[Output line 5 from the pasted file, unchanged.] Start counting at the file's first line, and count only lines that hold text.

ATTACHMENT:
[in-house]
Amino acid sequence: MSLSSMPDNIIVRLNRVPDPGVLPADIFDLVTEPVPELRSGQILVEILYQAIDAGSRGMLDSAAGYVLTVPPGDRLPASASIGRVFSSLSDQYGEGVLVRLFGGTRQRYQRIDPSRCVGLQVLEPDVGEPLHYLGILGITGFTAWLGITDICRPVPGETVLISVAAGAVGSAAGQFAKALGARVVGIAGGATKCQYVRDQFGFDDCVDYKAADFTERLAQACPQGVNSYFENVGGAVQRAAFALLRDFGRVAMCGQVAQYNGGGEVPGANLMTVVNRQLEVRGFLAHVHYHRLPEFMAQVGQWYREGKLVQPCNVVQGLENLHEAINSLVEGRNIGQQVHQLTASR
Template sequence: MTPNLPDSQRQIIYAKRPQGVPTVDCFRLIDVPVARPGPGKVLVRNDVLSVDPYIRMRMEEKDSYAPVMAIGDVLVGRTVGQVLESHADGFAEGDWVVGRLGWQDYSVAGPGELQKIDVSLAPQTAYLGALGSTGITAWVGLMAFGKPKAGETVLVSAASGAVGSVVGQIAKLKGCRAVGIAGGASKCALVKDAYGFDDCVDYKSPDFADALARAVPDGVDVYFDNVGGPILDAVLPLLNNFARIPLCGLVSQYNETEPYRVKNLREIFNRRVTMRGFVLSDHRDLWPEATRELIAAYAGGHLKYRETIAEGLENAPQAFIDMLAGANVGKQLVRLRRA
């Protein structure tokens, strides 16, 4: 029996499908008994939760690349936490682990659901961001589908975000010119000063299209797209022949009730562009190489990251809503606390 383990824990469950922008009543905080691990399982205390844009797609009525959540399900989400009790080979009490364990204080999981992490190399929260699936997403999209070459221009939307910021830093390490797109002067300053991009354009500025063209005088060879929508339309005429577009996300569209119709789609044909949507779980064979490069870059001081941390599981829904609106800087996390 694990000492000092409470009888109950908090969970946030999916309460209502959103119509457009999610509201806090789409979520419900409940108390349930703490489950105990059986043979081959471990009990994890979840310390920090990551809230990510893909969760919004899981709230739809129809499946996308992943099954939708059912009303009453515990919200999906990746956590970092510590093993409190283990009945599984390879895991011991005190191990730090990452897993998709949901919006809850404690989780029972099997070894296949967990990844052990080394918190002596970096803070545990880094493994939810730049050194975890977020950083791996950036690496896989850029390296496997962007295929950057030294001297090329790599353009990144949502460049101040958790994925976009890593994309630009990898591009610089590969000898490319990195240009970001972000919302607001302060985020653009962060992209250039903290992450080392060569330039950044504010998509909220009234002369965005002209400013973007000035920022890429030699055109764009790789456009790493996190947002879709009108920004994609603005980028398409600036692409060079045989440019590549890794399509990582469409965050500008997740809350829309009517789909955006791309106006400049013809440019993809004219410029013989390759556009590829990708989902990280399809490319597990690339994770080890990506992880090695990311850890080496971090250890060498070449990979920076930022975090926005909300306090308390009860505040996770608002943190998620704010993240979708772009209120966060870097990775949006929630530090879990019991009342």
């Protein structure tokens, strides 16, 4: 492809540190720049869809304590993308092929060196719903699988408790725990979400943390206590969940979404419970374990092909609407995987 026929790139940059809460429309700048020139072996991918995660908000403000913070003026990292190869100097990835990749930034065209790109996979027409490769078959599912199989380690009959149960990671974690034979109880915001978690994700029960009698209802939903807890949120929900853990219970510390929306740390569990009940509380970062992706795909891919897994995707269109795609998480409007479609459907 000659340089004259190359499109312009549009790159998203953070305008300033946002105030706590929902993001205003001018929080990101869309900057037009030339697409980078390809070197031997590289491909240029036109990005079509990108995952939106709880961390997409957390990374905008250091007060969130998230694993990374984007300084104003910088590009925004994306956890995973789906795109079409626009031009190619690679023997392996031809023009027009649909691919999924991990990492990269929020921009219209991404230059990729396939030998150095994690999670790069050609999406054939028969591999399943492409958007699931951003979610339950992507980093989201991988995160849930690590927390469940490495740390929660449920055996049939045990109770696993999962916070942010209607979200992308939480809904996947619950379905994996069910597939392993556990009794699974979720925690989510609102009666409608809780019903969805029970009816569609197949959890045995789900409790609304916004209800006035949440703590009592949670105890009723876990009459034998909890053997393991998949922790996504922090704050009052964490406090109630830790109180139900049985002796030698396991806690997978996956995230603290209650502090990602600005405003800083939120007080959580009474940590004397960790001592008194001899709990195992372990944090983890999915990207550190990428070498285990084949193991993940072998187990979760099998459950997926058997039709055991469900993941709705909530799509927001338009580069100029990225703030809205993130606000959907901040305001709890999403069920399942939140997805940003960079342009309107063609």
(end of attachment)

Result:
């Protein structure tokens, strides 16, 4: 492809540190720049869809304590993308092929060196719903699988408790725990979400943390206590969940979404419970374990092909609407995987 026929790139940059809460429309700048020139072996991918995660908000403000913070003026990292190869100097990835990749930034065209790109996979027409490769078959599912199989380690009959149960990671974690034979109880915001978690994700029960009698209802939903807890949120929900853990219970510390929306740390569990009940509380970062992706795909891919897994995707269109795609998480409007479609459907 000659340089004259190359499109312009549009790159998203953070305008300033946002105030706590929902993001205003001018929080990101869309900057037009030339697409980078390809070197031997590289491909240029036109990005079509990108995952939106709880961390997409957390990374905008250091007060969130998230694993990374984007300084104003910088590009925004994306956890995973789906795109079409626009031009190619690679023997392996031809023009027009649909691919999924991990990492990269929020921009219209991404230059990729396939030998150095994690999670790069050609999406054939028969591999399943492409958007699931951003979610339950992507980093989201991988995160849930690590927390469940490495740390929660449920055996049939045990109770696993999962916070942010209607979200992308939480809904996947619950379905994996069910597939392993556990009794699974979720925690989510609102009666409608809780019903969805029970009816569609197949959890045995789900409790609304916004209800006035949440703590009592949670105890009723876990009459034998909890053997393991998949922790996504922090704050009052964490406090109630830790109180139900049985002796030698396991806690997978996956995230603290209650502090990602600005405003800083939120007080959580009474940590004397960790001592008194001899709990195992372990944090983890999915990207550190990428070498285990084949193991993940072998187990979760099998459950997926058997039709055991469900993941709705909530799509927001338009580069100029990225703030809205993130606000959907901040305001709890999403069920399942939140997805940003960079342009309107063609």